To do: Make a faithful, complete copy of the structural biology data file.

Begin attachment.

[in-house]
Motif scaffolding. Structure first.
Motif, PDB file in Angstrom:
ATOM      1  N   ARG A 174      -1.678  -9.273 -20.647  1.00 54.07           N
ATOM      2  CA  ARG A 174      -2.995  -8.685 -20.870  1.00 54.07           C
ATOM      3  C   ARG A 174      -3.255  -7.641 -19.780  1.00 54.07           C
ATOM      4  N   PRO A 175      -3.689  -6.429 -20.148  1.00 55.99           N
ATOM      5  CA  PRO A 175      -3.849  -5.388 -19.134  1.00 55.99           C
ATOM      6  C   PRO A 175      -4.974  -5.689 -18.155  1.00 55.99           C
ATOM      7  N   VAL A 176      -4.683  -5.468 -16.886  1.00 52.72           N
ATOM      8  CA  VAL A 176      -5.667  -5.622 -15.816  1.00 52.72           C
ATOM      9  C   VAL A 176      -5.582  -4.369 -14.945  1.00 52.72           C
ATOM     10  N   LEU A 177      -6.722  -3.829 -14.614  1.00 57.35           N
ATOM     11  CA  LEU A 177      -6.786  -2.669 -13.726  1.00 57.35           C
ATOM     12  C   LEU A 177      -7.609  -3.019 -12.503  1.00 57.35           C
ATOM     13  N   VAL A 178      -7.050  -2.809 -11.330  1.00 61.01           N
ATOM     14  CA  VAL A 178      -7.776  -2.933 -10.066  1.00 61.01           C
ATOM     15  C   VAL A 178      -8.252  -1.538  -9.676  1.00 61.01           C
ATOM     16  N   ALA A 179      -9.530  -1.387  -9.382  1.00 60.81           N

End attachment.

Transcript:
[in-house]
Motif scaffolding. Structure first.
Motif, PDB file in Angstrom:
ATOM      1  N   ARG A 174      -1.678  -9.273 -20.647  1.00 54.07           N
ATOM      2  CA  ARG A 174      -2.995  -8.685 -20.870  1.00 54.07           C
ATOM      3  C   ARG A 174      -3.255  -7.641 -19.780  1.00 54.07           C
ATOM      4  N   PRO A 175      -3.689  -6.429 -20.148  1.00 55.99           N
ATOM      5  CA  PRO A 175      -3.849  -5.388 -19.134  1.00 55.99           C
ATOM      6  C   PRO A 175      -4.974  -5.689 -18.155  1.00 55.99           C
ATOM      7  N   VAL A 176      -4.683  -5.468 -16.886  1.00 52.72           N
ATOM      8  CA  VAL A 176      -5.667  -5.622 -15.816  1.00 52.72           C
ATOM      9  C   VAL A 176      -5.582  -4.369 -14.945  1.00 52.72           C
ATOM     10  N   LEU A 177      -6.722  -3.829 -14.614  1.00 57.35           N
ATOM     11  CA  LEU A 177      -6.786  -2.669 -13.726  1.00 57.35           C
ATOM     12  C   LEU A 177      -7.609  -3.019 -12.503  1.00 57.35           C
ATOM     13  N   VAL A 178      -7.050  -2.809 -11.330  1.00 61.01           N
ATOM     14  CA  VAL A 178      -7.776  -2.933 -10.066  1.00 61.01           C
ATOM     15  C   VAL A 178      -8.252  -1.538  -9.676  1.00 61.01           C
ATOM     16  N   ALA A 179      -9.530  -1.387  -9.382  1.00 60.81           N